[imText1]The North Korean authorities remain engaged in a fight to keep control of the country in the face of the spread of markets which have opened up new routes to progress away from the direct influence of the state, says Marcus Noland of the Peterson Institute in a new interview with The Daily NK.
Noland was speaking to The Daily NK over the weekend about his and Stephan Haggard’s newly-released book, “Witness to Transformation: Refugee Insights into North Korea”.
“Emerging as a semi-autonomous zone of social communication, and potentially, political organizing, offering an alternative pathway to wealth, status, and potentially political power, independent of the regime,” the market is one of the biggest lingering outcomes of the 1990s famine, Noland believes.
“Our research suggests that those involved in market activities are 50% more likely to be arrested; have distinctly negative views of the regime; and perhaps most importantly, are more likely to communicate these dissenting views to others,” he explains in the interview, adding that, naturally, this is also bringing people who make their living from the market into direct conflict with the state.
Positions in the state and security apparatus are now valued primarily because they allow the holder to extract money from the citizens in the form of bribes, for example, while a whole additional tranche of the penal system has grown out of the authorities’ attempts to control the economic activities of the people. This is not just a method of punishment, however; it is also an effective tool through which officials are able to economically “predate” on the people.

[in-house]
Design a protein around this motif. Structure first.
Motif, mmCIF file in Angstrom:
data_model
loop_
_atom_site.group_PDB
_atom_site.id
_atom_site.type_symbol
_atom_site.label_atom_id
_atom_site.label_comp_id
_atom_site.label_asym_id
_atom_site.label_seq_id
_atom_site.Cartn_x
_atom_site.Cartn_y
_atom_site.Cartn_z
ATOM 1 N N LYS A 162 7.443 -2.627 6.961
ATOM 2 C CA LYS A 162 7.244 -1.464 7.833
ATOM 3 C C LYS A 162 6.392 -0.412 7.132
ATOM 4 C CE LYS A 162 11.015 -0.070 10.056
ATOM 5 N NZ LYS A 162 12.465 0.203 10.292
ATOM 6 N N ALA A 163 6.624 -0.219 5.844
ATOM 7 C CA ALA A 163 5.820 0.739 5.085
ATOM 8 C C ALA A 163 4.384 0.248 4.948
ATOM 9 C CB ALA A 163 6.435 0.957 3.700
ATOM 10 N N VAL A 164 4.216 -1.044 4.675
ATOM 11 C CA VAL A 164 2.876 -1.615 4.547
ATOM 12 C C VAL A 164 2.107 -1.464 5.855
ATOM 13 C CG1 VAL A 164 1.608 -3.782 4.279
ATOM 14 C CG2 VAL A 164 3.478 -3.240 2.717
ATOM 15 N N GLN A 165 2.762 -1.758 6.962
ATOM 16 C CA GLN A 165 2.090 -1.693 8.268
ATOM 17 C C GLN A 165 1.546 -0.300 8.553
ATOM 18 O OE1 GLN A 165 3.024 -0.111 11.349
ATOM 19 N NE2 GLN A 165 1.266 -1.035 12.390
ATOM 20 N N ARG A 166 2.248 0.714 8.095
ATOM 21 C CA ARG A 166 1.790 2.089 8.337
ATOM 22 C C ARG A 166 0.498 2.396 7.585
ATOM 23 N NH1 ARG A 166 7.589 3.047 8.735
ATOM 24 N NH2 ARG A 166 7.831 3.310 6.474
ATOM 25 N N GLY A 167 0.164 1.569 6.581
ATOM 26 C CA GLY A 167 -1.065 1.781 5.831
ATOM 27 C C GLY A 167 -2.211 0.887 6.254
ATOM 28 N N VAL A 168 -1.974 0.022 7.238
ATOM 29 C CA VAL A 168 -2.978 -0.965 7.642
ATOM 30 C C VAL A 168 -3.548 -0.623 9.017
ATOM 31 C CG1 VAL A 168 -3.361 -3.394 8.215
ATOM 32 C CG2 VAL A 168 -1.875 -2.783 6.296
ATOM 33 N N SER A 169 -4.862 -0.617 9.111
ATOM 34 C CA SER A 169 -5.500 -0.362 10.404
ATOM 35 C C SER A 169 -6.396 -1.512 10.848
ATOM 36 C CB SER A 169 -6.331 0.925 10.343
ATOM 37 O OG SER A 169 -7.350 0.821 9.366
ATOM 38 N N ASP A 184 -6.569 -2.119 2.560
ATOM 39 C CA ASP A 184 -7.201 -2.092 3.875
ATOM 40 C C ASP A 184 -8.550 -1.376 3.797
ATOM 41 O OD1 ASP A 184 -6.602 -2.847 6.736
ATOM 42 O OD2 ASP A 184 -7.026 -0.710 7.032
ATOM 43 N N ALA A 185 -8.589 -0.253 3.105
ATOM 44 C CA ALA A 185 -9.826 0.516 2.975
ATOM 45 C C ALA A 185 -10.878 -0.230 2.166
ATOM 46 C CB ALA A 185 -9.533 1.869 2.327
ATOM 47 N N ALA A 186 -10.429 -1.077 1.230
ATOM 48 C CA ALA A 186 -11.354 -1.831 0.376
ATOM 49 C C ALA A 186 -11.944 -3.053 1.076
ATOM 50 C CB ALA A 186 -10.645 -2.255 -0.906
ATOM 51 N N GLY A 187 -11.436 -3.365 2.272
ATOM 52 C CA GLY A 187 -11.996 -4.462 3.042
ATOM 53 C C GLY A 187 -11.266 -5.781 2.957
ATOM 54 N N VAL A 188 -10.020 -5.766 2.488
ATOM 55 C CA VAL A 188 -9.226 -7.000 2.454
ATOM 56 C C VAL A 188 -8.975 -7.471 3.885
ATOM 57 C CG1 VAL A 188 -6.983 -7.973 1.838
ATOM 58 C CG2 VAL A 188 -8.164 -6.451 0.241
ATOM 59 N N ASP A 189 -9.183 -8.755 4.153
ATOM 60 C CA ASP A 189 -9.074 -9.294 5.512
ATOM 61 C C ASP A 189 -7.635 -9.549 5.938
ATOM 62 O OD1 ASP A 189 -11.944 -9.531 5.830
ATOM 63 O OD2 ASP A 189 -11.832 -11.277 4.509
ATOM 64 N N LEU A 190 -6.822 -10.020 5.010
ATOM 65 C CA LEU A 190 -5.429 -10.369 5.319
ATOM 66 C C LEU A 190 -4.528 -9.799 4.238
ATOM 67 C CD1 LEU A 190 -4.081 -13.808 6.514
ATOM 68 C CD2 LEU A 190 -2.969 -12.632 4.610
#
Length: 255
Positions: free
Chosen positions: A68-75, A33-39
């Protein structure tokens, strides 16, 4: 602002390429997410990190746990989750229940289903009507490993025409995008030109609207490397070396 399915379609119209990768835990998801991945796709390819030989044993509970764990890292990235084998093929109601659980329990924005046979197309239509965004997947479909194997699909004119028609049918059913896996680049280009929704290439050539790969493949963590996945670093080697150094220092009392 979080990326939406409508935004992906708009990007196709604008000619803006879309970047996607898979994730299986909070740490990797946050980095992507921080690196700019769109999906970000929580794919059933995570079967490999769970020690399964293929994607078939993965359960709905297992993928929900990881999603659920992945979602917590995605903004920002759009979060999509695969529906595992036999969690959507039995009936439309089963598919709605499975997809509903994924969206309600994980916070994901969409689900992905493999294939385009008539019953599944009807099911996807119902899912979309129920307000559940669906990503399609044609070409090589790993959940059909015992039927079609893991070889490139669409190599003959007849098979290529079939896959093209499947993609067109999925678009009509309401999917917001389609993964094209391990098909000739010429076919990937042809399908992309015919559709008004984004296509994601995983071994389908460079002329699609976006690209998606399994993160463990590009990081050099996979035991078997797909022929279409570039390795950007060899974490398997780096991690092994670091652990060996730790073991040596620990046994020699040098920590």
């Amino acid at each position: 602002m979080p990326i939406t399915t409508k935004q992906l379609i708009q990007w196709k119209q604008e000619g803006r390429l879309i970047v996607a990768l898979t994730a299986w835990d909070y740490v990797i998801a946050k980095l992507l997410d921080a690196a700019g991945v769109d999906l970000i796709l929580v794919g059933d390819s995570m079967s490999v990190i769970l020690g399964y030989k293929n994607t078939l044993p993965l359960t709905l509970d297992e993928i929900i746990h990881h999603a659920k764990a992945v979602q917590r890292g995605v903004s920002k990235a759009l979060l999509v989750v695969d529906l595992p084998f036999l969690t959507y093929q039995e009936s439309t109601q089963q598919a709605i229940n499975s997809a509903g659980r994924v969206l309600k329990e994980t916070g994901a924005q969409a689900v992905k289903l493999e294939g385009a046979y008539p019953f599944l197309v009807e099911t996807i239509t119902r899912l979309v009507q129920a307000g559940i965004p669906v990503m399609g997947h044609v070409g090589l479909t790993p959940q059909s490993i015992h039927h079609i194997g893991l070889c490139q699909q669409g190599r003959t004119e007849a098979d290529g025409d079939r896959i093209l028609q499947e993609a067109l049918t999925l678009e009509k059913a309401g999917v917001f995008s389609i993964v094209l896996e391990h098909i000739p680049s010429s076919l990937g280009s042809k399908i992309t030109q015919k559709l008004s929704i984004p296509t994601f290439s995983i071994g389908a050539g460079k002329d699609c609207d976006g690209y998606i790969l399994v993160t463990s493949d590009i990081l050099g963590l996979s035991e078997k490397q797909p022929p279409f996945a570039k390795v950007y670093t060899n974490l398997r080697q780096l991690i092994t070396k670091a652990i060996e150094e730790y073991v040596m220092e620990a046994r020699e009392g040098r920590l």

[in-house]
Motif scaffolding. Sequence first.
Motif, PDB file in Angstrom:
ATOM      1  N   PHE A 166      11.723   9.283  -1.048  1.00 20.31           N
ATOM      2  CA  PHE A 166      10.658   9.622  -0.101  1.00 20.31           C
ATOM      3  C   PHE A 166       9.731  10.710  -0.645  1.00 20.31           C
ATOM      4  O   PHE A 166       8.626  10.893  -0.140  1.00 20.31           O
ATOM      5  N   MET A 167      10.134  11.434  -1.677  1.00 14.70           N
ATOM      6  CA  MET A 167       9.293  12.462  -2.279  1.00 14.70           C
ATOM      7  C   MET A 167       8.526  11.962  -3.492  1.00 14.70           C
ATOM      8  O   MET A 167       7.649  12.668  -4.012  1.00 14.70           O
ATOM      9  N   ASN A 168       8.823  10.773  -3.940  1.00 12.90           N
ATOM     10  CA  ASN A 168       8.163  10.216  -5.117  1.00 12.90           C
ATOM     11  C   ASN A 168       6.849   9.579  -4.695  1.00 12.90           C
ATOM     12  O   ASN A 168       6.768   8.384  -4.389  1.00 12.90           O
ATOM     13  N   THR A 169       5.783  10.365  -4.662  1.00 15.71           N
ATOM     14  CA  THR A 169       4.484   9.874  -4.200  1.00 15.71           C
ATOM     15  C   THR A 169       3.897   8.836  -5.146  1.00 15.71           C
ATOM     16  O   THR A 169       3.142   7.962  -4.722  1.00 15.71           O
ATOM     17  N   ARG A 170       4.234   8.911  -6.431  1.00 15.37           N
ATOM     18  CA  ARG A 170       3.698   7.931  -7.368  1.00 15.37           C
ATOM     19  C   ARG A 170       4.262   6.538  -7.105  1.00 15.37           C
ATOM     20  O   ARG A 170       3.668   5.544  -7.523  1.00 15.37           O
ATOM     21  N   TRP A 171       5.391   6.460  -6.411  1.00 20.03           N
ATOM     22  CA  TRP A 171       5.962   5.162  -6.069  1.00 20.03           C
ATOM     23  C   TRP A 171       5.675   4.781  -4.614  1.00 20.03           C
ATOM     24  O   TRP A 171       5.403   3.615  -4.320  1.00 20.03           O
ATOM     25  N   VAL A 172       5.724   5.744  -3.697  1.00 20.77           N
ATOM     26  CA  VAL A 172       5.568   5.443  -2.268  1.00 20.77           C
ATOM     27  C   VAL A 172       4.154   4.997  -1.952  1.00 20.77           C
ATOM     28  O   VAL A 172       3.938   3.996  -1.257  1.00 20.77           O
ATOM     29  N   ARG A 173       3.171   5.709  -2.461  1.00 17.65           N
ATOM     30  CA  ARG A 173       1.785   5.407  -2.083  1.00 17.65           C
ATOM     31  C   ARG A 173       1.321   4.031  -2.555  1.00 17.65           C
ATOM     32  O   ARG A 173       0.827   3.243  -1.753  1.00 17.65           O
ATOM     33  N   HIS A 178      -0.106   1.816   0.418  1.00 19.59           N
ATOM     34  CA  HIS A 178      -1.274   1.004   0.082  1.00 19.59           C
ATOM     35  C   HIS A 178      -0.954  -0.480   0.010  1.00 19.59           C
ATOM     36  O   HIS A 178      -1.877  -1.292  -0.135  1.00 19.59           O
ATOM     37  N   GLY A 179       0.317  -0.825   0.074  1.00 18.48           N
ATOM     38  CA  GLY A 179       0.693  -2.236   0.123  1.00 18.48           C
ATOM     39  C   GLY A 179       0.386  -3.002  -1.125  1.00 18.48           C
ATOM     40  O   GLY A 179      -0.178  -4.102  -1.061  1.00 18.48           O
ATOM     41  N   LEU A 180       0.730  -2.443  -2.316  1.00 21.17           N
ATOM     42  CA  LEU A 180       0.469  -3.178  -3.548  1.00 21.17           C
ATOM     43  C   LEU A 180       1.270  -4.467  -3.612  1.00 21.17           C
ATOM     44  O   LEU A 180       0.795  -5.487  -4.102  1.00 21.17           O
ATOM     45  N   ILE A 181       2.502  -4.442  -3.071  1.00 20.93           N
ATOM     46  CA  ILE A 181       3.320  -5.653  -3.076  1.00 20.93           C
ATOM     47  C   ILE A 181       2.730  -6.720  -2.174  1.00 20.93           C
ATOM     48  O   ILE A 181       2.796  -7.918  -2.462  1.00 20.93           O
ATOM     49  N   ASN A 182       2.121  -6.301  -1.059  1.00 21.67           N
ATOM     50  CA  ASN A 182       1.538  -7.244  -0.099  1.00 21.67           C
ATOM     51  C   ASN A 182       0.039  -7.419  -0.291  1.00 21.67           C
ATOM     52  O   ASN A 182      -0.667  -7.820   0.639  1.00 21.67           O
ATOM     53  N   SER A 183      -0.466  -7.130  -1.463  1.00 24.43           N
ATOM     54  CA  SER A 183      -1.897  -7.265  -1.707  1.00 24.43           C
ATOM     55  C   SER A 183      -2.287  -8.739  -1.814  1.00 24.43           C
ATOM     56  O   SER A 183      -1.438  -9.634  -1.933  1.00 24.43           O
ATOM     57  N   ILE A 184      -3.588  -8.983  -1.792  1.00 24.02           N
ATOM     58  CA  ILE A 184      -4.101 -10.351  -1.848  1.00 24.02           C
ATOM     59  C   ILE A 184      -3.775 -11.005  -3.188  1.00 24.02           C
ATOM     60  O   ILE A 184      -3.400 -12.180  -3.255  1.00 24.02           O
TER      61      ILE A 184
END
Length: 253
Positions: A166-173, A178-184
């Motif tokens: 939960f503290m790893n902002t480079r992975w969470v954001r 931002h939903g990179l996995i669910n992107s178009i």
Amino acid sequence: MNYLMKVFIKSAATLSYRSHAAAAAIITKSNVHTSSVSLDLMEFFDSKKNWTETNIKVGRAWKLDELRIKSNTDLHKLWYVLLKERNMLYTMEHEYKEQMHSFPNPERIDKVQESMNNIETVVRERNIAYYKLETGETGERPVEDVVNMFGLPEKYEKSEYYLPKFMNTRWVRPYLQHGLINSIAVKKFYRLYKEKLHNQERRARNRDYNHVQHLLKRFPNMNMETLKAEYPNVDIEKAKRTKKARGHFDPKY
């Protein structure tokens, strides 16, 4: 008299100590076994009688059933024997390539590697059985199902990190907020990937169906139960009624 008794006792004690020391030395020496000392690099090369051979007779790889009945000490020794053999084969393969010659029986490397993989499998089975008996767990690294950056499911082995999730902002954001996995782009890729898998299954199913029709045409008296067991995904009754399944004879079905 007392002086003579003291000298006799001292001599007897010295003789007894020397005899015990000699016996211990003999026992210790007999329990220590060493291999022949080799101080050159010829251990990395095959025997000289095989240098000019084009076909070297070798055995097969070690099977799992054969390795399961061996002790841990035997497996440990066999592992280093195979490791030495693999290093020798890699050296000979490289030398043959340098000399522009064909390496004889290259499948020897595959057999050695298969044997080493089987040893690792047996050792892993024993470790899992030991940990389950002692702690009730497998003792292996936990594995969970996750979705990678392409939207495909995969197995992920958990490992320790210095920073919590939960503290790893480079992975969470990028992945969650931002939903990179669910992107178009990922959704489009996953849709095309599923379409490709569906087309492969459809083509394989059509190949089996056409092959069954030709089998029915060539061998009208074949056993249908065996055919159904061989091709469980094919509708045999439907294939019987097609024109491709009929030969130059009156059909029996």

Thus, with so many aspects of economic activity having been illegalized, law enforcement officials having extraordinary discretion over arrest and imprisonment, and conditions inside these detention facilities being horrific, “people will be willing to pay to insure that neither they nor their families become ensnared in the system,” Noland points out.
[imText2]Elsewhere, Noland says in the interview that his research also reveals that many North Korean people are no longer fearful of consuming outside information, notably by radio. People may have avoided such information in the 1990s, he asserts, but that is no longer true. The reach of that information is also more widespread than before, he explains; a rural and urban phenomenon experienced by middle-aged and young people alike.
Based on this, “We can contribute to an environment in which people have a better understanding of their situation and the costs that the regime’s behavior places on them,” Noland therefore adds, explaining, “In the simplest terms this means bringing information to North Korea.”
You can find the new blog, “North Korea: Witness to Transformation”, by Noland and Haggard on the Peterson Institute website at http://www.piie.com/blogs/nk/